by Helen M. Johnson | 1931 | 742,503 words
This page describes The fourteen dreams of Vishnu which is the fifth part of chapter I of the English translation of the Shreyamsanatha-caritra, contained within the “Trishashti Shalaka Purusha Caritra”: a massive Jain narrative relgious text composed by Hemacandra in the 12th century. Shreyamsanatha in jainism is one of the 63 illustrious beings or worthy persons.
A great elephant, like Vaitāḍhya on a small scale, white; a white bull with high horns like an autumn-cloud with fish; a superior lion with his tail erect like an umbrella being carried; Mahālakṣmī being sprinkled like another embodiment of herself (the queen); a fragrant wreath of flowers like her own glory incarnate; a full moon bathed in moonlight like a tank of nectar; a sun, shining like the crest-jewel of the sky; a flagstaff with fluttering pennants like a tree with branches; a very precious full pitcher like a depository of good fortune; a lotus-pool with large lotuses like another Lake Padma; an ocean with high waves wishing to ascend to the. sky; a fine large aerial car like a younger brother of Pālaka; a heap of jewels like all the wealth taken from the ocean; a smokeless fire like an imitation of Bhauma (Mars)—Queen Viṣṇu saw these fourteen great dreams, which indicate the birth of a Tīrthakṛt, entering her mouth.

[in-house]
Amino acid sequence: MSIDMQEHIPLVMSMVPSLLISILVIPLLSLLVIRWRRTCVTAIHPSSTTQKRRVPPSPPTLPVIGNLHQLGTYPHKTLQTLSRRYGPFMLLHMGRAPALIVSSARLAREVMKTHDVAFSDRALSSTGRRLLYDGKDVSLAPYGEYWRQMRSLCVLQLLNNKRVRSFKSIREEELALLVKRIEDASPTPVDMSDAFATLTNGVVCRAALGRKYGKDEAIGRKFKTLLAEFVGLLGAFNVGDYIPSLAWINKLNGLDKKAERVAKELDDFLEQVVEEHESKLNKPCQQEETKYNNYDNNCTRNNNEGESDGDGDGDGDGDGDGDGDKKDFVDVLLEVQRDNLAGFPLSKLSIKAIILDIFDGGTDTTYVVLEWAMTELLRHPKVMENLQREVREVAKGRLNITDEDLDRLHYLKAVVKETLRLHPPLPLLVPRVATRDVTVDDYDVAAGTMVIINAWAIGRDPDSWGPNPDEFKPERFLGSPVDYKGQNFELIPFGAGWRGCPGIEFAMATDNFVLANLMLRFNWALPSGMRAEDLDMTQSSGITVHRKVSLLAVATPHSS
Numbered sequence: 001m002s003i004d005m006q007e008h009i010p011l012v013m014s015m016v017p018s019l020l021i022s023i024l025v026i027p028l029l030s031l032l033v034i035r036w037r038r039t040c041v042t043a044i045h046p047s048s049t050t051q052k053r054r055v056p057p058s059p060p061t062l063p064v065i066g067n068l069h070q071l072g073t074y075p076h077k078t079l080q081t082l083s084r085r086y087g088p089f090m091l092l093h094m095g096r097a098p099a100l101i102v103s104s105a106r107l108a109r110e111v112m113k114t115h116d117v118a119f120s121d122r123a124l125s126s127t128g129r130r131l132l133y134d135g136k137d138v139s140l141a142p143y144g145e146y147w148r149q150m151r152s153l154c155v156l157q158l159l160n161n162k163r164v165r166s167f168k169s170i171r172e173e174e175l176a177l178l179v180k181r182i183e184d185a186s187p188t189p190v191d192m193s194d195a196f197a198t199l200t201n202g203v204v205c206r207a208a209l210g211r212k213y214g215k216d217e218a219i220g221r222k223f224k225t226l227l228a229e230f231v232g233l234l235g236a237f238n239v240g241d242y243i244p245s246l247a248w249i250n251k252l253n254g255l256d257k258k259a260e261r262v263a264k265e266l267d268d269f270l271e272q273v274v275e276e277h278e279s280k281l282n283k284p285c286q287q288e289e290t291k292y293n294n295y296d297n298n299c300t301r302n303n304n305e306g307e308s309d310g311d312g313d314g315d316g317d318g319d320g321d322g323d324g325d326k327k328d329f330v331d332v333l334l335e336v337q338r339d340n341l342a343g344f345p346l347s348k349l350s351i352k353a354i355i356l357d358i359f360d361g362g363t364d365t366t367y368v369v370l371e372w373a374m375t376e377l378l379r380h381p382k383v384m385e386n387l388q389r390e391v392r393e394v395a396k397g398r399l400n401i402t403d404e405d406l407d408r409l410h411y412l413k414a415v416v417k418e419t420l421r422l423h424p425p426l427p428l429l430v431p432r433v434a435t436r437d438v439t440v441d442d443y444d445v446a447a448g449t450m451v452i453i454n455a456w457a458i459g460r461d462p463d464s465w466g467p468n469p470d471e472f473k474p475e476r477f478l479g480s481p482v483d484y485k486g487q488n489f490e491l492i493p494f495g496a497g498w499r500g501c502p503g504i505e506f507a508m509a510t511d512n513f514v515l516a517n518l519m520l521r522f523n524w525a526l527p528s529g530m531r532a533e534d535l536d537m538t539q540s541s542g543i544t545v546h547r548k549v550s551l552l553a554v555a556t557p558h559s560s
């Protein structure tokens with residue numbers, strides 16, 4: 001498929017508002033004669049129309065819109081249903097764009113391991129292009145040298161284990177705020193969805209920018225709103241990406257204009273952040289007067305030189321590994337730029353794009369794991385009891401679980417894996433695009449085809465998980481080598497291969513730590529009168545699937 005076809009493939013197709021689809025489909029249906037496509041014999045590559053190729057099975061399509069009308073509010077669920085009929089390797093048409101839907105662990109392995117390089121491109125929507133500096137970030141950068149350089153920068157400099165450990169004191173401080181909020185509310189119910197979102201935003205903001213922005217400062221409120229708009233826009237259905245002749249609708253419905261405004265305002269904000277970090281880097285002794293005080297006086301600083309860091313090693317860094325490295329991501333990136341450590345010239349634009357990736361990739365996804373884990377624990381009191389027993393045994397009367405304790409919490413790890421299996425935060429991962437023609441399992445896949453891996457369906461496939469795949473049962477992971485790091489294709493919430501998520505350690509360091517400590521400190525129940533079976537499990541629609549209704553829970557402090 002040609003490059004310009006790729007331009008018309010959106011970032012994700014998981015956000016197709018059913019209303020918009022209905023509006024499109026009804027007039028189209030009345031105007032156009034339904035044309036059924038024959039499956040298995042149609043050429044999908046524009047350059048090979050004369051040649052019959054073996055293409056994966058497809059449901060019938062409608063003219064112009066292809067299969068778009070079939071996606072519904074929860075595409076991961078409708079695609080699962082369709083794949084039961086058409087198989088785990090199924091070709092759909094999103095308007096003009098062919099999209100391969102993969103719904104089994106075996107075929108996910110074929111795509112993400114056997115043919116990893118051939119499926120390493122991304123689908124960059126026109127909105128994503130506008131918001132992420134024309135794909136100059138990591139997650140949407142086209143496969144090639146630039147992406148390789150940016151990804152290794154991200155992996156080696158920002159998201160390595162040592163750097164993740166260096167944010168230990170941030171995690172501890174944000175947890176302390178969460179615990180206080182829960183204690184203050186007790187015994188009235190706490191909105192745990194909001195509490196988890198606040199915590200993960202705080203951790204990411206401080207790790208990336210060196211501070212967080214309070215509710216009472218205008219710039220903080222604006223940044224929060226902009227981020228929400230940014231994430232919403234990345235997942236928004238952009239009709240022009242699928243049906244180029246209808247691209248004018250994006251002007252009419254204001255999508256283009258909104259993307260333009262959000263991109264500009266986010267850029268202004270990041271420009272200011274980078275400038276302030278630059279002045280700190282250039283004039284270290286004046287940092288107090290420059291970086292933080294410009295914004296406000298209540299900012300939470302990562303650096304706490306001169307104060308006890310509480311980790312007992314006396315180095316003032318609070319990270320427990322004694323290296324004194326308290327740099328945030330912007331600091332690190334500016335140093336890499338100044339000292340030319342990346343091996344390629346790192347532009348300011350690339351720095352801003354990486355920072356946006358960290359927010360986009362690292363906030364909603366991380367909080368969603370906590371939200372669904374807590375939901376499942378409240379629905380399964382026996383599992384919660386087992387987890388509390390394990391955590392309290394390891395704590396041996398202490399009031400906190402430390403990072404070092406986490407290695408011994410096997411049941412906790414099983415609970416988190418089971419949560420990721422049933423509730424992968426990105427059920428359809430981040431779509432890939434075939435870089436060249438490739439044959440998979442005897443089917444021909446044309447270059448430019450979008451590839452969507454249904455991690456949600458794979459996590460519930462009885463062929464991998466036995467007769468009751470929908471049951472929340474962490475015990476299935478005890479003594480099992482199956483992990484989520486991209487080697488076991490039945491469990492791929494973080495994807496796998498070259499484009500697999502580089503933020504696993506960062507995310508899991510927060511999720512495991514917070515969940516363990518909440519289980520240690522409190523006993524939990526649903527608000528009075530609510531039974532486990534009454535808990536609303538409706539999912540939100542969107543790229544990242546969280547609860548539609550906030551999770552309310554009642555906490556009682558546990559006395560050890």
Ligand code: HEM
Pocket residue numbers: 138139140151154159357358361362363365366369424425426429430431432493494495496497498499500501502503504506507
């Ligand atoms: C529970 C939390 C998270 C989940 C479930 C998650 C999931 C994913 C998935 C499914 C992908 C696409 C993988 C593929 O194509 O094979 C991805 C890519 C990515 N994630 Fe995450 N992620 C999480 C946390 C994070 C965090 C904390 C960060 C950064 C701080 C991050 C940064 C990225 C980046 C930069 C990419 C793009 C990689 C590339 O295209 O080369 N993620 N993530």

On the twelfth day of the black half of Tapasya (the moon being) in Śravaṇa, Queen Viṣṇu gave easy birth to a son, marked with a rhinoceros, gold color.
Footnotes and references:
Probably alluding to the rains of fishes which take place in India and encourage a superstition that clouds contain fishes. See Balfour, I, p. 1112.